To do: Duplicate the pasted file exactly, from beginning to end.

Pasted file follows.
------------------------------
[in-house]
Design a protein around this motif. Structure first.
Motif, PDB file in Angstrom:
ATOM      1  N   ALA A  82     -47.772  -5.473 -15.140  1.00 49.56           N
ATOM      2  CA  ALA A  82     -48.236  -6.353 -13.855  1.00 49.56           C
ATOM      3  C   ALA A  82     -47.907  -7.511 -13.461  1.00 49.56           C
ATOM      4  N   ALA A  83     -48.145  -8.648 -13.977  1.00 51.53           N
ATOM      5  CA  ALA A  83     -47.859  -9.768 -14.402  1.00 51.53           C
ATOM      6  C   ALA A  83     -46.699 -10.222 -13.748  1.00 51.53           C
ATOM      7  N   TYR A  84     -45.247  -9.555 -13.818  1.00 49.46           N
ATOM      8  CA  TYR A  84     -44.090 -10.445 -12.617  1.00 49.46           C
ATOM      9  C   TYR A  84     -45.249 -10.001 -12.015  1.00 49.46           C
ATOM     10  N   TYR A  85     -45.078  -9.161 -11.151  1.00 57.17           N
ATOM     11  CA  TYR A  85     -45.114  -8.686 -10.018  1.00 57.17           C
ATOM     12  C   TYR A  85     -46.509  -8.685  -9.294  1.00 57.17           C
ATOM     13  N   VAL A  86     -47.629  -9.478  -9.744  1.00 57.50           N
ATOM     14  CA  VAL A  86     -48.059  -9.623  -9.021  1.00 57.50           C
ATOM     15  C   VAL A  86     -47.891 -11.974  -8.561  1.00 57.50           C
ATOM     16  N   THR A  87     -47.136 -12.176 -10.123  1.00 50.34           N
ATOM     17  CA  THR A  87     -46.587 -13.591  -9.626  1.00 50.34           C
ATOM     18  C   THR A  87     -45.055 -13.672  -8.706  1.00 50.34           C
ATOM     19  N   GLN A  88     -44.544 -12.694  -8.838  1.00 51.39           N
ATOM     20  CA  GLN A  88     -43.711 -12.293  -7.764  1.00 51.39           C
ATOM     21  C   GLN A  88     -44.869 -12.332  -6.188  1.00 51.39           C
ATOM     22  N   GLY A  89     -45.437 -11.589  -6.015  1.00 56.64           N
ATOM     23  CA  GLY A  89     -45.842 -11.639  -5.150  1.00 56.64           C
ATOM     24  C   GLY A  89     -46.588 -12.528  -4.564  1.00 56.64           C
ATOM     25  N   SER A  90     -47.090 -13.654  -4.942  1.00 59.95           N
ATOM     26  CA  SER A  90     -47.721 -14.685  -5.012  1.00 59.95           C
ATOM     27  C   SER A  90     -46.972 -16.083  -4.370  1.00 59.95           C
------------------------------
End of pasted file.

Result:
[in-house]
Design a protein around this motif. Structure first.
Motif, PDB file in Angstrom:
ATOM      1  N   ALA A  82     -47.772  -5.473 -15.140  1.00 49.56           N
ATOM      2  CA  ALA A  82     -48.236  -6.353 -13.855  1.00 49.56           C
ATOM      3  C   ALA A  82     -47.907  -7.511 -13.461  1.00 49.56           C
ATOM      4  N   ALA A  83     -48.145  -8.648 -13.977  1.00 51.53           N
ATOM      5  CA  ALA A  83     -47.859  -9.768 -14.402  1.00 51.53           C
ATOM      6  C   ALA A  83     -46.699 -10.222 -13.748  1.00 51.53           C
ATOM      7  N   TYR A  84     -45.247  -9.555 -13.818  1.00 49.46           N
ATOM      8  CA  TYR A  84     -44.090 -10.445 -12.617  1.00 49.46           C
ATOM      9  C   TYR A  84     -45.249 -10.001 -12.015  1.00 49.46           C
ATOM     10  N   TYR A  85     -45.078  -9.161 -11.151  1.00 57.17           N
ATOM     11  CA  TYR A  85     -45.114  -8.686 -10.018  1.00 57.17           C
ATOM     12  C   TYR A  85     -46.509  -8.685  -9.294  1.00 57.17           C
ATOM     13  N   VAL A  86     -47.629  -9.478  -9.744  1.00 57.50           N
ATOM     14  CA  VAL A  86     -48.059  -9.623  -9.021  1.00 57.50           C
ATOM     15  C   VAL A  86     -47.891 -11.974  -8.561  1.00 57.50           C
ATOM     16  N   THR A  87     -47.136 -12.176 -10.123  1.00 50.34           N
ATOM     17  CA  THR A  87     -46.587 -13.591  -9.626  1.00 50.34           C
ATOM     18  C   THR A  87     -45.055 -13.672  -8.706  1.00 50.34           C
ATOM     19  N   GLN A  88     -44.544 -12.694  -8.838  1.00 51.39           N
ATOM     20  CA  GLN A  88     -43.711 -12.293  -7.764  1.00 51.39           C
ATOM     21  C   GLN A  88     -44.869 -12.332  -6.188  1.00 51.39           C
ATOM     22  N   GLY A  89     -45.437 -11.589  -6.015  1.00 56.64           N
ATOM     23  CA  GLY A  89     -45.842 -11.639  -5.150  1.00 56.64           C
ATOM     24  C   GLY A  89     -46.588 -12.528  -4.564  1.00 56.64           C
ATOM     25  N   SER A  90     -47.090 -13.654  -4.942  1.00 59.95           N
ATOM     26  CA  SER A  90     -47.721 -14.685  -5.012  1.00 59.95           C
ATOM     27  C   SER A  90     -46.972 -16.083  -4.370  1.00 59.95           C